Apartment rents are on the rise in Chicago and most other sections of the nation, but large and growing segment of renters continue to believe leasing a residence is a more affordable option than owning.
Despite the obvious tax advantages of owning the American Dream—a single-family home—barriers to buying for the young Millennial generation also include saving up enough down payment cash while paying off college loans, housing experts say.
While renters are feeling the squeeze of rising housing costs, they will continue to rent because they perceive it to be the more affordable housing choice, according to a new research report from Freddie Mac Multifamily.
The survey—“Profile of Today’s Renter”—reports that 78% of renters believe leasing an apartment is more affordable than owning. That finding is up a stunning 11 points from just six months ago in February of 2018. And, this is the case even as the majority of renters (66%) reported difficulty affording their rent at some point over the past two years.
In Chicago, one of the major forces driving up apartment rents is soaring property taxes, which landlords are forced to pass on to tenants in the form of rent increases, experts say.
The recent skyrocketing reassessment of North Township—which includes the wealthy Gold Coast and the upscale neighborhoods of Old Town and Lincoln Park—likely will mean hefty rent increases in 2019.
The market value of North Township apartment buildings with six units or less surged to $1.3 million from $1.1 million—an appreciation of more than 18% over the past three years, according to Cook County Assessor Joseph Berrios.
As a result of the assessor’s new, improved “state-of-the-art” reassessment model, Berrios declared that the median assessed value of these properties increased to $129,082—a whopping gain of 23.32%.
Other rising costs for small apartment owners include higher water, sewer and garbage fees, which have doubled over the past few years.
The Freddie Mac Multifamily survey also found nearly 9 in 10 renters employed in the essential workforce, such as healthcare and education, had significant difficulty affording the rent over the past two years.
“Views of renting as the more affordable option continue to drive the behavior and satisfaction of a large and growing majority of renters,” said David Brickman, president of Freddie Mac and head of Multifamily.
“While renting is seen as more affordable, this research underscores that renters are feeling the effects of the rising cost of housing, driven in part by lack of supply, increased demand and the cost of construction,” Brickman said.
The survey found the perception of affordability of renting over owning was evident across generations. In fact, Millennials (up 14 points to 75%), Generation Xers (up 11 points to 70%) and Baby Boomers (up eight points to 81%) all saw marked increases in the perception that renting is more affordable than owning.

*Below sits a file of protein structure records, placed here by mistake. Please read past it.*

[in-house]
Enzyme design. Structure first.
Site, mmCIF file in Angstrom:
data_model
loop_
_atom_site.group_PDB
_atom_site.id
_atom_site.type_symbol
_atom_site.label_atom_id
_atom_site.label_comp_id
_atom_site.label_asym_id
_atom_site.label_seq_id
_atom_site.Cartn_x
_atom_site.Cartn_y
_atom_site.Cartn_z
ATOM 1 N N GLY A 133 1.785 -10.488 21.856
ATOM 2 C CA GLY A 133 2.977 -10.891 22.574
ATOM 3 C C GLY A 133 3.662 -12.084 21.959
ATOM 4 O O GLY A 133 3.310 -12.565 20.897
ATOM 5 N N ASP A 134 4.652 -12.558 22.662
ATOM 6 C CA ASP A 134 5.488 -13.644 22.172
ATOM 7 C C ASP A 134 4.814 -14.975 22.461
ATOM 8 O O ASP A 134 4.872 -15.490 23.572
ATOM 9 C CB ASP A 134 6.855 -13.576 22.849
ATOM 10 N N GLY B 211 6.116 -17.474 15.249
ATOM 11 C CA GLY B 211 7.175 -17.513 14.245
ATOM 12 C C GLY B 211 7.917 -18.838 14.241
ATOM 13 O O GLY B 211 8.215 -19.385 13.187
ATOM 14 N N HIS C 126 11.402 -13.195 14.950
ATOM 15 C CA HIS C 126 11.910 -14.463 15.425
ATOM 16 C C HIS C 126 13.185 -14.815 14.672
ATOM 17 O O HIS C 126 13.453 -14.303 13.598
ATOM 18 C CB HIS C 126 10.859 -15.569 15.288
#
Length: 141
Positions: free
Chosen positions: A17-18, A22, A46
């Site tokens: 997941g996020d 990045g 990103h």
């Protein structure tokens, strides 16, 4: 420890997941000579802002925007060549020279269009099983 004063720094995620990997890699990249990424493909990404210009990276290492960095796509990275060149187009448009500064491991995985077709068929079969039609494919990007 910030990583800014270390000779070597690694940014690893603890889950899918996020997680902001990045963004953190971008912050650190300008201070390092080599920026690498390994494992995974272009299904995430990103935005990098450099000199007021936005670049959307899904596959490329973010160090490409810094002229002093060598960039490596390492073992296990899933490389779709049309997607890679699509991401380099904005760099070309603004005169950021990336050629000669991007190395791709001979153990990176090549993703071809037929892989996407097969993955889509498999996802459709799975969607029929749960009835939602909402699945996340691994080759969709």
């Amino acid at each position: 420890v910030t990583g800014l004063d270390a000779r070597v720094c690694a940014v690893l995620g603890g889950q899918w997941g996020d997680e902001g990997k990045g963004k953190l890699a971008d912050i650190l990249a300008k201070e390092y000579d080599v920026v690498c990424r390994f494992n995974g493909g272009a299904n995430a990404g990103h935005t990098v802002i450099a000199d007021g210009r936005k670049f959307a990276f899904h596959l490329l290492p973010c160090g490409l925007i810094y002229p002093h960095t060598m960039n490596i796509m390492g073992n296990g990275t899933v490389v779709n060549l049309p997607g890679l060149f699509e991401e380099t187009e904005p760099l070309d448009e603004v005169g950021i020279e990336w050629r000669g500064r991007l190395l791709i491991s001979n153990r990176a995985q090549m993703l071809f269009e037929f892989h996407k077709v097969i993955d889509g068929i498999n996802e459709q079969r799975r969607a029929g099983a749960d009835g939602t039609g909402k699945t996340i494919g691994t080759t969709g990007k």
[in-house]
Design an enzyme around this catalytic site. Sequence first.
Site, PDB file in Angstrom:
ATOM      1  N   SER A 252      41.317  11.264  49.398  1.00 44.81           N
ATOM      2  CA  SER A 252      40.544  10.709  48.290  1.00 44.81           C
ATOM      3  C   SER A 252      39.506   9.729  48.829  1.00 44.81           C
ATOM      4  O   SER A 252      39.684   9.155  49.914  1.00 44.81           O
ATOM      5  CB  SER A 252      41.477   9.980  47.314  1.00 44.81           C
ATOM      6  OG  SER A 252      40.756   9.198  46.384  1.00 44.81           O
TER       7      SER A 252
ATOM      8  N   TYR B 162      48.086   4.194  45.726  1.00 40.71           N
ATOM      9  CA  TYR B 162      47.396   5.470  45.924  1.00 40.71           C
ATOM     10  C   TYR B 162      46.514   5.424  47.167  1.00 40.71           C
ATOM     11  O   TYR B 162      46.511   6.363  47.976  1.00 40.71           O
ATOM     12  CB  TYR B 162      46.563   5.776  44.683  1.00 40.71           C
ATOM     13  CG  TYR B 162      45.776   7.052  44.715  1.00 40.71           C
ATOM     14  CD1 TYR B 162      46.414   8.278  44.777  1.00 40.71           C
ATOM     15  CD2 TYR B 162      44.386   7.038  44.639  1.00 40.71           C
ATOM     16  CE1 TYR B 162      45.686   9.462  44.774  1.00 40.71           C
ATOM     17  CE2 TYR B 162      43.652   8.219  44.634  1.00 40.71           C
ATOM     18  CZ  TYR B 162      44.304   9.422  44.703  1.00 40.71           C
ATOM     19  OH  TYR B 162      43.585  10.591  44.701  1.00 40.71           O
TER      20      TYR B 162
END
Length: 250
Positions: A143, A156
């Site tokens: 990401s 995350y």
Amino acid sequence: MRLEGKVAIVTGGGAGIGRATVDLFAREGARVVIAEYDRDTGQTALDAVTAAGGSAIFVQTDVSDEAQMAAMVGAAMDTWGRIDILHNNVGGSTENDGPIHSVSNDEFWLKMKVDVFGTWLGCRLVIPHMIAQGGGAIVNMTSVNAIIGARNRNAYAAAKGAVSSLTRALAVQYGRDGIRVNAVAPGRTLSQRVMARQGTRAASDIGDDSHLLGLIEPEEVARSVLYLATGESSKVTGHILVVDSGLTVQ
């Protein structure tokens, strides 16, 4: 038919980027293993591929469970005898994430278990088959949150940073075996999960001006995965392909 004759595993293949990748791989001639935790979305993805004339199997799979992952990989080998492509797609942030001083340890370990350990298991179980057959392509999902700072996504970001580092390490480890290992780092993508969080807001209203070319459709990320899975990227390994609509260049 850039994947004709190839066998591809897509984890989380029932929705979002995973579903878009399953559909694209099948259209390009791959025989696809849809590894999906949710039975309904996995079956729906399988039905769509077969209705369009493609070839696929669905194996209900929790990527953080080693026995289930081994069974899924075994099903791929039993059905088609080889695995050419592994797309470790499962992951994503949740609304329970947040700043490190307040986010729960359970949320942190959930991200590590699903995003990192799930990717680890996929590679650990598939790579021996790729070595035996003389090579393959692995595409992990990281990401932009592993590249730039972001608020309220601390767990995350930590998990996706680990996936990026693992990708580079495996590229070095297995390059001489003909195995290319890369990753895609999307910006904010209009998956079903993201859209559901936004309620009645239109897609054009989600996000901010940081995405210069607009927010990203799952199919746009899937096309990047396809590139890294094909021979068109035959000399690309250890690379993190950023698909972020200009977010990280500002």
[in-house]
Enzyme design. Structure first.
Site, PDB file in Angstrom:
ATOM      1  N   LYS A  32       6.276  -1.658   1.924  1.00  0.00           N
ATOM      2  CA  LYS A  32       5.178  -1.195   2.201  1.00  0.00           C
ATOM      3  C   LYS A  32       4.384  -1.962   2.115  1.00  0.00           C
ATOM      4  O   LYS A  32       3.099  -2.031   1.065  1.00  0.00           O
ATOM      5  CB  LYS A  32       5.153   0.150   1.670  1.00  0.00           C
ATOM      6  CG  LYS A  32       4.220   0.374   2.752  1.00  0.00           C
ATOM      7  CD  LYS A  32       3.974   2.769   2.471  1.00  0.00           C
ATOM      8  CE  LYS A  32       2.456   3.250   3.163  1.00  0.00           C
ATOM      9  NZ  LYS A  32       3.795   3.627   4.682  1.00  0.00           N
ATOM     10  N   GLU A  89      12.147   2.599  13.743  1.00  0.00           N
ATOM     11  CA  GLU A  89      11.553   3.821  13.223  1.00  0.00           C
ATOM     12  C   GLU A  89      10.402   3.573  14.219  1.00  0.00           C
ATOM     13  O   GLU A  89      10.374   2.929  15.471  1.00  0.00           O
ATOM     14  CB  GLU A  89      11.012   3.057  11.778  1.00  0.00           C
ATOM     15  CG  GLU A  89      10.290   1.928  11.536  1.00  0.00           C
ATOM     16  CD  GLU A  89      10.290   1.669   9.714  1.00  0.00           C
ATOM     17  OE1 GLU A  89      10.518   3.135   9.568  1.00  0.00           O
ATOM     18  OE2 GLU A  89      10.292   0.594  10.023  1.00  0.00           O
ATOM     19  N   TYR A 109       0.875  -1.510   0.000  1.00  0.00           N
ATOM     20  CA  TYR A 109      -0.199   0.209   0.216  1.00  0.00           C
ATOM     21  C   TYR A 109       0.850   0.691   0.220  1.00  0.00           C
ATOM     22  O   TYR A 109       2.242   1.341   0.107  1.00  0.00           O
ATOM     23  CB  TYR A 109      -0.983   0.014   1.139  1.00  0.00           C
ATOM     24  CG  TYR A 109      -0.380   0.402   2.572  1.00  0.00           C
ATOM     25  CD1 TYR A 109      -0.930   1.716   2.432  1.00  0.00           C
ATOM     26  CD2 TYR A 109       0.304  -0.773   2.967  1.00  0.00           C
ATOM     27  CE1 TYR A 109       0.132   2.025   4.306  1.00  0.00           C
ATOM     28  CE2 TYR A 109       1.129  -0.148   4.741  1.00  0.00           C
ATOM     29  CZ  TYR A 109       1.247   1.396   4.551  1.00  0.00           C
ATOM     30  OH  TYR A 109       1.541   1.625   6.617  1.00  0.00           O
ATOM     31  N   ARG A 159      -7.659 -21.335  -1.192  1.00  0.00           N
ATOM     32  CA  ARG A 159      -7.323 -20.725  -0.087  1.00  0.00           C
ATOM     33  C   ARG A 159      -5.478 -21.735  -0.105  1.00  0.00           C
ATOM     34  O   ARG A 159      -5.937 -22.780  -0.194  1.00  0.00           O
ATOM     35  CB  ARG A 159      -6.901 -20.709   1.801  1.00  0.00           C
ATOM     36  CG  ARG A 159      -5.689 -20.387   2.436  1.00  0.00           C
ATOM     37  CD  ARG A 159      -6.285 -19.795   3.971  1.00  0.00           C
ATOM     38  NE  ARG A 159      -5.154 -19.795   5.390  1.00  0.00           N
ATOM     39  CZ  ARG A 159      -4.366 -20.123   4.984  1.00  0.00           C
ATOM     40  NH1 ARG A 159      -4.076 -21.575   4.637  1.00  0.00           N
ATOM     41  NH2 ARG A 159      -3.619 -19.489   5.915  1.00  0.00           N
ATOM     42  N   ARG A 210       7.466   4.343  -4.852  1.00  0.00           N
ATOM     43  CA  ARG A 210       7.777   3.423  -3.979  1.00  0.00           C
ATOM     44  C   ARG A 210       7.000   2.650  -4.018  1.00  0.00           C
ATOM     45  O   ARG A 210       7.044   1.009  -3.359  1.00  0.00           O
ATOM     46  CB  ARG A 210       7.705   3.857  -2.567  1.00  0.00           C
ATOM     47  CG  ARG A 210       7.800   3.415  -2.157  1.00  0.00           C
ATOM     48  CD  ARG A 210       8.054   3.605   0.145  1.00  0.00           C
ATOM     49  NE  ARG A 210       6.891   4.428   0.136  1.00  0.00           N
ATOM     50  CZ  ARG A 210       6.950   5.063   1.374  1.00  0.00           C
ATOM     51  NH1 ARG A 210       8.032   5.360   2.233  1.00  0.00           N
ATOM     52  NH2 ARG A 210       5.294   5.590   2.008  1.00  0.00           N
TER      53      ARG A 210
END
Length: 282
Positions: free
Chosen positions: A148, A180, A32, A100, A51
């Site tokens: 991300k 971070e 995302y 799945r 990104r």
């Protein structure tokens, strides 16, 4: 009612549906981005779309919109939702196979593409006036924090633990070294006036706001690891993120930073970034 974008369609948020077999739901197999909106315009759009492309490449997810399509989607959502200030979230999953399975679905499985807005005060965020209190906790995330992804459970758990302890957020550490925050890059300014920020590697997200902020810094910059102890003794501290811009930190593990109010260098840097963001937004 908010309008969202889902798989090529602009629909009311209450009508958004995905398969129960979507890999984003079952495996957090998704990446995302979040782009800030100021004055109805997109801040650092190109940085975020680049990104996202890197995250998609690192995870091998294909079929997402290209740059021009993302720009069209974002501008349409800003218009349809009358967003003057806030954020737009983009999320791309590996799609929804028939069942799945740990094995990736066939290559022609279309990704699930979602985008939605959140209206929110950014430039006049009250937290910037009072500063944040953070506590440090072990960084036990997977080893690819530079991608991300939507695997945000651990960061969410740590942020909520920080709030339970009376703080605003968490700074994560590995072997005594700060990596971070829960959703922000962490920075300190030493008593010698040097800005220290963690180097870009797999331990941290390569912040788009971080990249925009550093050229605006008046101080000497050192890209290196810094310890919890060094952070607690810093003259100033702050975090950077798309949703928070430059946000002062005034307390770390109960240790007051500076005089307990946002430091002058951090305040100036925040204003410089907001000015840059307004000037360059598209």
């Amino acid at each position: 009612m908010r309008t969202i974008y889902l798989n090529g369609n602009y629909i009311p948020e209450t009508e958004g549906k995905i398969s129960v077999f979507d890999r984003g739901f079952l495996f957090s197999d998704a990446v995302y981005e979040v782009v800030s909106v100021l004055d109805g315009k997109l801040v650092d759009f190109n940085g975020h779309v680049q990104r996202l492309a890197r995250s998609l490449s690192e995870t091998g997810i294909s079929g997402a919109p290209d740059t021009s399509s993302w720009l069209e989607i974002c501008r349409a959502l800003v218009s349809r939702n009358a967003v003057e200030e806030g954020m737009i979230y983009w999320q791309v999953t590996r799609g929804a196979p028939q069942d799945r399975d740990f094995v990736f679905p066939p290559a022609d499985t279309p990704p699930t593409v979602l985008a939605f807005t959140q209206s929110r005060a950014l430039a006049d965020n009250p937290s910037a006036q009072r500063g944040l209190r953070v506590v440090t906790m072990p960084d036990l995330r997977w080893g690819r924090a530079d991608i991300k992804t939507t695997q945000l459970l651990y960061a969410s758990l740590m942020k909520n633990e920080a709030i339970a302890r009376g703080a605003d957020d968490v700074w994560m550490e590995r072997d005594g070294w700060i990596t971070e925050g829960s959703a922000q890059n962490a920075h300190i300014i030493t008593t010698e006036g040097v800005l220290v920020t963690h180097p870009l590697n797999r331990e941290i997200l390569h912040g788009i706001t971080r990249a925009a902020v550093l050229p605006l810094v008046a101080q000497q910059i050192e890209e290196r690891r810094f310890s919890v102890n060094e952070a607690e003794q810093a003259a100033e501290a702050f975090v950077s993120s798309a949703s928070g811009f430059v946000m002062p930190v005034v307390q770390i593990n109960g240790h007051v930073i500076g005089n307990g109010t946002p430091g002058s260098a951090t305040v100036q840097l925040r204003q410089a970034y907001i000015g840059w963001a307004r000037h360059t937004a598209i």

Here are other findings of the survey, which was conducted online in mid-August among 4,040 adults aged 18 and over, including 1,059 renters, by Harris Poll, on behalf of Freddie Mac:
• While 66% of renters report having trouble affording their month rent over the past two years, only 43% of homeowners surveyed experienced similar difficulties in paying their housing costs.
• More than half of renters surveyed said rent affordability also affected spending on food, utilities and other essentials (51%), as well as savings (50%) and nonessential items (64%).
• For renters living in rural areas, the impacts were particularly stark, with 77% spending less on essential items versus 59% in urban and suburban areas.
• While a majority of renters across generations reported these difficulties, older Millennials (aged 28 to 37 years) reported the greatest hardship, with 79% reporting trouble affording rent over the past two years.
• Renters employed in the essential workforce—such as the healthcare and education sectors—had significant additional difficulty affording rent, with a staggering 88% reporting hardship affording rent over the past two years. This is compared with 65% of all other workforce renters, and 61% of homeowners in the essential workforce.
• Approximately half (48%) of renters working in essential jobs believe it is difficult to find housing that is both affordable and close to where they work—compared with 39% of homeowners in the essential workforce.
“The struggles experienced by renters in the essential workforce are particularly sobering,” noted Deborah Jenkins, senior vice president of Freddie Mac Multifamily. “Nearly 9 in 10 renters experienced some hardship in affording their rent in the last two years.”
Despite the gloomy findings of the survey, a consistent number of apartment dwellers (63%) continue to express their satisfaction with their rental experience, Freddie Mac said. In fact, 58% of renters believe that renting is a good choice for them now and do not have plans to buy a home at this time—up from 54% in February.
Over the last three years there has been a gradual increase in the number of renters who are not interested in buying, according to Freddie Mac. This quarter shows a small increase in this trend, with 23% of renters reporting they have no interest in buying a home—up from 20% in February of 2018. In addition, 42% of baby boomers surveyed expressed no interest in owning a home.
The survey found that 66% of renters plan to continue leasing their next residence—up 11 points from February of 2018. Consistent with this view, fewer renters (41%) believe buying a home will be equally or more affordable in the next 12 months—down from 46% in February of 2018.
For more housing news, visit www.dondebat.biz. Don DeBat is co-author of “Escaping Condo Jail,” the ultimate survival guide for condominium living. Visit www.escapingcondojail.com.